If the event is taking place outside the EU then no VAT has to be charged but this does have an effect on the overall VAT position of the charity. Sponsorship raised by participants that is in excess of the minimum sponsorship is a pure donation. These amounts can be paid to the charity, or they can be paid into the trading subsidiary initially, and then transferred to the charity promptly.
3. Participants pay for the event up front and, in some cases, if they raise a minimum amount of sponsorship, the participant receives all or part of the event costs back from the charity.
The treatment will be similar to either point one or point two above. It ends up being one or the other arrangement, depending on whether they raise enough funds. This option is more difficult to administer, however, as it will not be known what the tax and VAT treatment ought to be until after the event.
4. The travel company organises the event and makes a donation to a named charity for every place booked.
In this scenario, the charity is only receiving a donation and so this is outside the scope of VAT and not trading. However, arrangements allowing the travel company to use the charity’s logo or mailing list need to be on a proper footing. The charity ought to issue a licence for the use of the logo and mailing list and charge a fee (subject to VAT if it is registered).
5. Charity advertises for participants, using their name and logo, but a travel company handles all travel arrangements. Participants have to book with the travel company and have a separate agreement with the charity to raise a certain amount of sponsorship.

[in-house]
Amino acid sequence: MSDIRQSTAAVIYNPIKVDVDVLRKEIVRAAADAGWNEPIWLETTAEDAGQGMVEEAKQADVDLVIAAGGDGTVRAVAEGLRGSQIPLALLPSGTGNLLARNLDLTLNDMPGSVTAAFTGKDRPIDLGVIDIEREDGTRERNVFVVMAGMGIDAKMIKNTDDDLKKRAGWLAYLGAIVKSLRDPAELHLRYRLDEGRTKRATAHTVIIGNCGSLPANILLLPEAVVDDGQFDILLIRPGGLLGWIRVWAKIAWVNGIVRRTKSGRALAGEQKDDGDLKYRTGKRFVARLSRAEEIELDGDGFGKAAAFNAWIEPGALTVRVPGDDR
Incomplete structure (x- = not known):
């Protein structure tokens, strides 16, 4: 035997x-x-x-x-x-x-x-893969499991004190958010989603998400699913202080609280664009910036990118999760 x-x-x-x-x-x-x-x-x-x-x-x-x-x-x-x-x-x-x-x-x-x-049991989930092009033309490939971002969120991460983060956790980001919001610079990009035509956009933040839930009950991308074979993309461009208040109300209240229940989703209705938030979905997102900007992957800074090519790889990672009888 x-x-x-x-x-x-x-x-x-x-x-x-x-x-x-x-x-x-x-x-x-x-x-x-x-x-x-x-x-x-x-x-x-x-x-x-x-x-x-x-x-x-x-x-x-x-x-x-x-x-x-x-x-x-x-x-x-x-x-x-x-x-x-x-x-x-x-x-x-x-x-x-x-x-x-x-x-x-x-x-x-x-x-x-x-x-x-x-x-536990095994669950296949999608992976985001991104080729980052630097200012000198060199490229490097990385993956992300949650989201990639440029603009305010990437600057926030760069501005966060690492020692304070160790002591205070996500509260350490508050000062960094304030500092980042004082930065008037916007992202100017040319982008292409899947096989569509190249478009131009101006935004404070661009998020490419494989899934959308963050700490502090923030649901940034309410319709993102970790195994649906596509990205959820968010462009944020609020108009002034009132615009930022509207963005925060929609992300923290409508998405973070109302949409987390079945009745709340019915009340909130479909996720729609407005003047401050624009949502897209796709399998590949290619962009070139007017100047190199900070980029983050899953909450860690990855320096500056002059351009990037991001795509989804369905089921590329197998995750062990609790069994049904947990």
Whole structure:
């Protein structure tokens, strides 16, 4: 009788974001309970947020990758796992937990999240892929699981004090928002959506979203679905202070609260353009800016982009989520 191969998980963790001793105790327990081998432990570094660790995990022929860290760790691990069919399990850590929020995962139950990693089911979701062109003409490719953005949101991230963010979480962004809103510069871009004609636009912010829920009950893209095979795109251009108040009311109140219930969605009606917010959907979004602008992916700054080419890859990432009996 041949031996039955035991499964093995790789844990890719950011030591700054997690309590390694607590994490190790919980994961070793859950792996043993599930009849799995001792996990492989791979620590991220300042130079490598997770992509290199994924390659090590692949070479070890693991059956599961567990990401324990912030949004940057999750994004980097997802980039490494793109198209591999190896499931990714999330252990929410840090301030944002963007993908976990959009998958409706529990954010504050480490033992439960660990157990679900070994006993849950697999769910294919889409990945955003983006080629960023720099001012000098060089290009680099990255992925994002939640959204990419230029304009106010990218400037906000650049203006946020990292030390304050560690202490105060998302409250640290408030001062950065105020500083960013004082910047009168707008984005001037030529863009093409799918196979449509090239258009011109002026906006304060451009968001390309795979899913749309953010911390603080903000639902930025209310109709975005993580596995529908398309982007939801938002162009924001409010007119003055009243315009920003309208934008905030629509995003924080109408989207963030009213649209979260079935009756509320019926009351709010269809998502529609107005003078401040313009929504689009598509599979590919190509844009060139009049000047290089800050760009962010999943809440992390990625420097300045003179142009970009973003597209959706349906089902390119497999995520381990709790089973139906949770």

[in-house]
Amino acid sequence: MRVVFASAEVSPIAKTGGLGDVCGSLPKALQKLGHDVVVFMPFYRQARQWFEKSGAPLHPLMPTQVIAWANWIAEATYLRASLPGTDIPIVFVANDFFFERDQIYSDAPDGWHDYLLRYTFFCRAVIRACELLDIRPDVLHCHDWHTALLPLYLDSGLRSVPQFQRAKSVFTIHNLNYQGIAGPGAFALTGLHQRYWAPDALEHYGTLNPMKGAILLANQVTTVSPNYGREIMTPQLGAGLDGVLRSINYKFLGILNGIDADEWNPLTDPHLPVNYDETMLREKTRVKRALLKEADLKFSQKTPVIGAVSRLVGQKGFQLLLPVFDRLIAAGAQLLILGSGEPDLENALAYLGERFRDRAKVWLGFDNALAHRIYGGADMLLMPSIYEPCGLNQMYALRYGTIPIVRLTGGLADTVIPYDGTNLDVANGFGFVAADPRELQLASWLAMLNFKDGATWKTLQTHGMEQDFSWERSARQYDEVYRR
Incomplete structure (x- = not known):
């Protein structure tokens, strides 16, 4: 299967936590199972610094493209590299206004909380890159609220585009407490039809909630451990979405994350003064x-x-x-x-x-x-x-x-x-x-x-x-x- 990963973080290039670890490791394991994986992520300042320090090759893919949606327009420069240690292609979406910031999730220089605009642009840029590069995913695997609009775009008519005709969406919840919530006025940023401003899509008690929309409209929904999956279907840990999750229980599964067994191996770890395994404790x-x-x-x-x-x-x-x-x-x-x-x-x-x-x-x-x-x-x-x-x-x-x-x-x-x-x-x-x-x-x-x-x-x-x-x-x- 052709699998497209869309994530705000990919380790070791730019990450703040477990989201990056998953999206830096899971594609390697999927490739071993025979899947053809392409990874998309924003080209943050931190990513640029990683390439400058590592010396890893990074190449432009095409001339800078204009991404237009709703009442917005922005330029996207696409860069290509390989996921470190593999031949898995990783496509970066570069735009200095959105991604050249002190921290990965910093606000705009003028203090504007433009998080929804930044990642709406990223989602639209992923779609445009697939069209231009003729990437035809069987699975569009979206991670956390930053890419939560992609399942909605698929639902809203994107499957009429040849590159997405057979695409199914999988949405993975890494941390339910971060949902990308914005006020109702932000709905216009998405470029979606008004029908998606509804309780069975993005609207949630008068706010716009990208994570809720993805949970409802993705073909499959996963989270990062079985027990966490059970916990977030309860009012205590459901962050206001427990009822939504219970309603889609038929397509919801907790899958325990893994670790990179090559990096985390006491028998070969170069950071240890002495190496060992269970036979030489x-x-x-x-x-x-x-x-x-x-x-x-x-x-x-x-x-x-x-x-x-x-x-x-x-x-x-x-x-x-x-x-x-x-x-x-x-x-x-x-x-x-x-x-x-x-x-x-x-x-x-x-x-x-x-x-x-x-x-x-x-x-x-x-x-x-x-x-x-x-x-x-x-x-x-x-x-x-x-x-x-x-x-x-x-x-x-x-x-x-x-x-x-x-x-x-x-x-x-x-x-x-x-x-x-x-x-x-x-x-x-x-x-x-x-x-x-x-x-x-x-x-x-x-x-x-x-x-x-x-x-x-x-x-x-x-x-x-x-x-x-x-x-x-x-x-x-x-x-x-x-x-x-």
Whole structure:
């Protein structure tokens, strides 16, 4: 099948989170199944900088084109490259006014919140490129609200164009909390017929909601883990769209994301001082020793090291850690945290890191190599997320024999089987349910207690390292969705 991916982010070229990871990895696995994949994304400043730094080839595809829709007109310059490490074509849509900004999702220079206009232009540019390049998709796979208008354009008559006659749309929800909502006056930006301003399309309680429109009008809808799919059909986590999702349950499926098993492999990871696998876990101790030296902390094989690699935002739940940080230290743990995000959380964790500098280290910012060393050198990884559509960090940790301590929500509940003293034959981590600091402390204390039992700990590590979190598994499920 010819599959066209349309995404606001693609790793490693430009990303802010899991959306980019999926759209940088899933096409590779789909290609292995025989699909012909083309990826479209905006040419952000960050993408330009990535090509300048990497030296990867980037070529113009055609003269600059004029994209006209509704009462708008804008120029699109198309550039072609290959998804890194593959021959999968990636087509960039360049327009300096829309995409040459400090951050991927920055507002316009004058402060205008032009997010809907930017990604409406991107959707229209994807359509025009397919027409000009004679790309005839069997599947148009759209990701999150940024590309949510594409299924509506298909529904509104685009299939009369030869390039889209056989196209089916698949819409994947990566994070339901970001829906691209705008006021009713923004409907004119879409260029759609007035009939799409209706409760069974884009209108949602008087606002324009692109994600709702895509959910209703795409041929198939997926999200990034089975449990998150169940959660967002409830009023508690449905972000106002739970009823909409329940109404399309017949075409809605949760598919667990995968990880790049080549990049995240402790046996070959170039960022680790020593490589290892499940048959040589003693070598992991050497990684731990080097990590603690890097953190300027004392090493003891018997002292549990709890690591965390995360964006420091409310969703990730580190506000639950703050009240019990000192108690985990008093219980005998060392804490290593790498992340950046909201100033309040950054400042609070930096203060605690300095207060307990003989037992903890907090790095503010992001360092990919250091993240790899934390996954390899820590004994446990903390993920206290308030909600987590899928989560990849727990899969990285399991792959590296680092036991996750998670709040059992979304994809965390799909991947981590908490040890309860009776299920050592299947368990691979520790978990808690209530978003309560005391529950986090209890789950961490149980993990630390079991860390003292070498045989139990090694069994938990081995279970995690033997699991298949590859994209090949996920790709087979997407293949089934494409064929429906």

The charity may be acting as an agent for the travel company and so care should be taken that respective roles and responsibilities are entirely clear. If the travel company is benefiting from promotion of its name and business, then you should consider whether the charity needs to charge a fee for this. If the arrangements make it clear that the charity is not the tour operator, then this should ensure the charity is not undertaking this particular business activity. However, care is still needed in regard to the sponsorship agreement. If the charity stipulates that a minimum sponsorship has to be raised, then this is the same as an entry fee. It is then within the scope of VAT and possible trading if undertaken on a regular basis.
These are often charged in addition to the requirement to raise sponsorship. These are within the scope of VAT.
The costs of advertising in newspapers etc. may well fall within the special relief for charities and therefore be at zero-rate. Note that the advertisement has to be placed by a charity and should be to raise funds. The relief does not apply to the travel company advertising for participants.
Gift Aid, CAF vouchers and other tax effective giving
Note that only the donation element of income from these events can be paid through Gift Aid, covenant or CAF voucher. Participants must not use tax effective means of paying their minimum sponsorship, registration fees or other fees that are a purchase of a service.
Clearance in advance
It is wise to obtain clearance for your event from Customs and Excise in advance. You will need to plan ahead to allow sufficient time for this and it is preferable if clearance is obtained before publicity material has been printed, so that you can change it if necessary. There are many variations and this guidance only sketches a few of the common ways in which charities organise these events. You may well find, therefore, that you get a different ruling for your event to the ruling colleagues get in another charity. Small differences in the way an event is organised may change the ruling. You should also consider obtaining clearance for relief from VAT on your advertisements. To be safe, all challenge events can be channelled through the trading subsidiary and then there will be no problems over direct taxation. All the funds can be transferred back to the charity.
Impact on overall VAT and tax position of charity
It is best not to consider these events in isolation. You ought to plan and discuss the impact on the rest of the charity with your finance section. VAT and tax have to be considered in the context of the charity’s entire activities. A particular VAT treatment for these events could have a significant financial impact on the overall position of the charity.